Cardinal Walter Kasper, a high-ranking Vatican official whose work has already been praised by Pope Francis, has a memo for conservative Catholics hoping desperately that the “correct” implementation of the Second Vatican Council will solve our problems:
“In many places, [the Council Fathers] had to find compromise formulas, in which, often, the positions of the majority are located immediately next to those of the minority, designed to delimit them. Thus, the conciliar texts themselves have a huge potential for conflict, open the door to a selective reception in either direction.” (Cardinal Walter Kasper, L’Osservatore Romano, April 12, 2013)
There ya go. Straight from the horse’s mouth, so to speak.
In other words: “Lots o’ luck ‘implementing’ this Council”.
Cardinal Kasper acknowledges, of course, that it’s normal for some turbulence to follow an ecumenical council, but for different reasons. Due to its intentional ambiguity the Second Vatican Council is “a special case”:
“For those who know the story of the twenty councils recognized as ecumenical, this [the state of confusion] will not be a surprise. The post-conciliar times were almost always turbulent. The [Second] Vatican, however, is a special case.”
My thanks to Boniface at Unam Sanctam Catholicam, whose comments on the topic are also worth reading.
It is often said among concerned Catholics – of every persuasion, left and right – that the Second Vatican Council has not been fully or properly implemented. This is rather alarming, as it has been 47 years since the close of the council in December of 1965. What’s taking so long?
But I suppose we shouldn’t be too surprised. After all, it has been 105 years since Pascendi Dominici Gregis was promulgated by Pope St. Pius X, and to this day Pascendi still has not been implemented.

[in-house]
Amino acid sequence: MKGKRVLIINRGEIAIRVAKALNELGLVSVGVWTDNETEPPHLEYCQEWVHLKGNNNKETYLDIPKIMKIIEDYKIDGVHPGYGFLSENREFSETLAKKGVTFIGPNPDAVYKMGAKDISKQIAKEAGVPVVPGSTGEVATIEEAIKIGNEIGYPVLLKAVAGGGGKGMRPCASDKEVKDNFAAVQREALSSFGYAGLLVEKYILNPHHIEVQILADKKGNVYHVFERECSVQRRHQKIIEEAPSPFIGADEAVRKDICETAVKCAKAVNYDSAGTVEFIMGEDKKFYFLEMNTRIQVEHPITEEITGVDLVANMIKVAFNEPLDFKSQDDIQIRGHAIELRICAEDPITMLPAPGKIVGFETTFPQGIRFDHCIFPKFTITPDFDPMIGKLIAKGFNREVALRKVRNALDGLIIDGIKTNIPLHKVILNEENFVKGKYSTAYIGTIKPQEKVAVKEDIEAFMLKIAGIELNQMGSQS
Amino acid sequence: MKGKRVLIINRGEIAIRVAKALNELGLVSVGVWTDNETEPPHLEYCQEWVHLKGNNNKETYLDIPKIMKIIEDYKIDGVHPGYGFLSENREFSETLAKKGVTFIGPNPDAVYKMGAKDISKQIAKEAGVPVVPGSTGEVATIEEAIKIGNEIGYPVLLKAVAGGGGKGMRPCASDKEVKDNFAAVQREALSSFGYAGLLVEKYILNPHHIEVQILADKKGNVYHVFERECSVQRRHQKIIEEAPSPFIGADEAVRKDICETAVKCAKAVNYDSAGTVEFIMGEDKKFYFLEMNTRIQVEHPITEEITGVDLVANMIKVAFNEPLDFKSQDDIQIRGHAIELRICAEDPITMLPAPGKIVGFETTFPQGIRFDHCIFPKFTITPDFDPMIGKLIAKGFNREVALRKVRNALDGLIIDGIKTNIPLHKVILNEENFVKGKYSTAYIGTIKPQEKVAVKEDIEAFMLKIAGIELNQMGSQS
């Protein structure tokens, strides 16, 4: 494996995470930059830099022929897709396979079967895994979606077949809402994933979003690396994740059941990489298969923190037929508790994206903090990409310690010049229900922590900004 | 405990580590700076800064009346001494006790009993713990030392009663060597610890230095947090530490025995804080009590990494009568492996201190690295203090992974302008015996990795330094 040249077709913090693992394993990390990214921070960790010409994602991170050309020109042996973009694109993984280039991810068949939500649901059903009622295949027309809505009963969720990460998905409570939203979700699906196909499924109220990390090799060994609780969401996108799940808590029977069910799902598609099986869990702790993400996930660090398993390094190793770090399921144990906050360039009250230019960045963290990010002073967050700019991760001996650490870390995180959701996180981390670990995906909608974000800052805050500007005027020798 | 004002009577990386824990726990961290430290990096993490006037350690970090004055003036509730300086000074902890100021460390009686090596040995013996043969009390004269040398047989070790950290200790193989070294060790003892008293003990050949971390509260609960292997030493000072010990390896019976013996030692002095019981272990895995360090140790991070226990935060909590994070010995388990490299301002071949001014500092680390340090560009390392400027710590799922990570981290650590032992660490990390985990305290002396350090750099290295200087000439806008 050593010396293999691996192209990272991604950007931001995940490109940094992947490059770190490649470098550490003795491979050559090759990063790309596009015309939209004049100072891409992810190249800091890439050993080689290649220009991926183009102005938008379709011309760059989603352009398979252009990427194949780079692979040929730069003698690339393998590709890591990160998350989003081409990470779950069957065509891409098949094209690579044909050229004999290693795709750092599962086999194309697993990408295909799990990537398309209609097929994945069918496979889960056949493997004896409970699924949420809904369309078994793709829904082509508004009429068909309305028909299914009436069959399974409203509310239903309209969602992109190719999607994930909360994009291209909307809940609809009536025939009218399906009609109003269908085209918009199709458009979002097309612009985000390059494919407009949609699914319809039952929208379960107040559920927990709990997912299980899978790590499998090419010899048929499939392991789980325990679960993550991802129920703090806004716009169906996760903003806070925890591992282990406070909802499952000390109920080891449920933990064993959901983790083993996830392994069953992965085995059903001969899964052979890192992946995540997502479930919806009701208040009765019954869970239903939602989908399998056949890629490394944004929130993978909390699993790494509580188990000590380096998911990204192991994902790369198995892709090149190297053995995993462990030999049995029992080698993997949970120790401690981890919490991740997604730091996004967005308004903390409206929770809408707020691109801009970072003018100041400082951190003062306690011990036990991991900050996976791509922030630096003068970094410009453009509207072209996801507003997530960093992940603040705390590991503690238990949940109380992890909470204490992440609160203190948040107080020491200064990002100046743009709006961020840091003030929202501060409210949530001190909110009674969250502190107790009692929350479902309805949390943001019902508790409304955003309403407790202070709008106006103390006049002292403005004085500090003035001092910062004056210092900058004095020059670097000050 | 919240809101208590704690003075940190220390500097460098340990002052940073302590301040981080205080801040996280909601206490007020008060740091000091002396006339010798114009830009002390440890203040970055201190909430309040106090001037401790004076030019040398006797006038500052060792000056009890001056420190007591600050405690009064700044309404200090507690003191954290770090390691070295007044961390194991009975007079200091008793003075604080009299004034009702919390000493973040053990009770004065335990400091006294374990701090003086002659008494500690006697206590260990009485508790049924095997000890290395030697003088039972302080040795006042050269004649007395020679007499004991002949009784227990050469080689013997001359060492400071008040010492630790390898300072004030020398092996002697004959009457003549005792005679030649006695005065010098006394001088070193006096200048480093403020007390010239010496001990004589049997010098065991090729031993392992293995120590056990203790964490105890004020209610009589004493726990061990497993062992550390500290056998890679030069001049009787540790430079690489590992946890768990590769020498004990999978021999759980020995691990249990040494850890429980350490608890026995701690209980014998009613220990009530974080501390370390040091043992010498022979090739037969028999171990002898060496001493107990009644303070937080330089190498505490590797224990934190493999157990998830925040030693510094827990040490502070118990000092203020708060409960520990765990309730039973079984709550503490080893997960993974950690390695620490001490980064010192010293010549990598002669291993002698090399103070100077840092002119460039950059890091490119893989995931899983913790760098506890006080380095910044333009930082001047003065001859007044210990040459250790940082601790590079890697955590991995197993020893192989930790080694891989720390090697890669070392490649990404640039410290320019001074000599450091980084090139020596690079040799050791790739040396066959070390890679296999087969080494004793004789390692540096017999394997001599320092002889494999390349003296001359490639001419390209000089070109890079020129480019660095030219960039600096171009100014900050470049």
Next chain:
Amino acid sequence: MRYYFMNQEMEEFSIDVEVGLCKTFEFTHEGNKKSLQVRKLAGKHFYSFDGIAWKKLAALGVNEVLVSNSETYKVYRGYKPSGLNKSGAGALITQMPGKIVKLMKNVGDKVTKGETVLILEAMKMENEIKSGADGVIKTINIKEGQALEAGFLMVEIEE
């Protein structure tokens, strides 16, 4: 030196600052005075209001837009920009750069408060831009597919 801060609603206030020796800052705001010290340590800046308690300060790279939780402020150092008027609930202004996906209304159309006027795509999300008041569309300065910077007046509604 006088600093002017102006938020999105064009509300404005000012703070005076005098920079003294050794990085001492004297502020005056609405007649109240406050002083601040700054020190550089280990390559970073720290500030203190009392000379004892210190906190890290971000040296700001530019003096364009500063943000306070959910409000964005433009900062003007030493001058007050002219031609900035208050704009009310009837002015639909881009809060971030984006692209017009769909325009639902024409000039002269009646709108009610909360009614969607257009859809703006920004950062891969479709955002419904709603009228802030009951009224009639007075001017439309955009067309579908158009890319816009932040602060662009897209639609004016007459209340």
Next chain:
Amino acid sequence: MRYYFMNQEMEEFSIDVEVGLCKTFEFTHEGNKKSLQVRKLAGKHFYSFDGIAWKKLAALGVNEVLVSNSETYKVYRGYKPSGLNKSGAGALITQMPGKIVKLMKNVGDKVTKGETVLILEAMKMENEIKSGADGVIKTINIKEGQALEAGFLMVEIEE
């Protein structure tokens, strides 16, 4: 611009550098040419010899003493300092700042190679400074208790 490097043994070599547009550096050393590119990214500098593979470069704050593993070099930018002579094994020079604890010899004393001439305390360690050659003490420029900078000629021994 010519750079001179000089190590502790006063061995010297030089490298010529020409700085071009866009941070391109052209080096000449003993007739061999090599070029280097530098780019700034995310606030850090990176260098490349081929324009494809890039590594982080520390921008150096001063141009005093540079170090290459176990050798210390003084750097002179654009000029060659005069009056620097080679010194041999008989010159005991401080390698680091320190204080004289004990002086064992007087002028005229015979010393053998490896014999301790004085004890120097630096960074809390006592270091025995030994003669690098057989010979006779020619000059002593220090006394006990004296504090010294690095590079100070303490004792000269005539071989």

Is it too much to ask that we first implement Pascendi before going on to implement Vatican II?
“In the first place, with regard to studies, We will and ordain that scholastic philosophy be made the basis of the sacred sciences. It goes without saying that if anything is met with among the scholastic doctors which may be regarded as an excess of subtlety, or which is altogether destitute of probability, We have no desire whatever to propose it for the imitation of present generations (Leo XIII. Enc. Aeterni Patris). And let it be clearly understood above all things that the scholastic philosophy We prescribe is that which the Angelic Doctor has bequeathed to us, and We, therefore, declare that all the ordinances of Our Predecessor on this subject continue fully in force, and, as far as may be necessary, We do decree anew, and confirm, and ordain that they be by all strictly observed. In seminaries where they may have been neglected let the Bishops impose them and require their observance, and let this apply also to the Superiors of religious institutions. Further let Professors remember that they cannot set St. Thomas aside, especially in metaphysical questions, without grave detriment …
Anybody who in any way is found to be imbued with Modernism is to be excluded without compunction from these offices, and those who already occupy them are to be withdrawn. The same policy is to be adopted towards those who favour Modernism either by extolling the Modernists or excusing their culpable conduct, by criticising scholasticism, the Holy Father, or by refusing obedience to ecclesiastical authority in any of its depositaries; and towards those who show a love of novelty in history, archaeology, biblical exegesis, and finally towards those who neglect the sacred sciences or appear to prefer to them the profane. In all this question of studies, Venerable Brethren, you cannot be too watchful or too constant, but most of all in the choice of professors, for as a rule the students are modelled after the pattern of their masters. Strong in the consciousness of your duty, act always prudently but vigorously.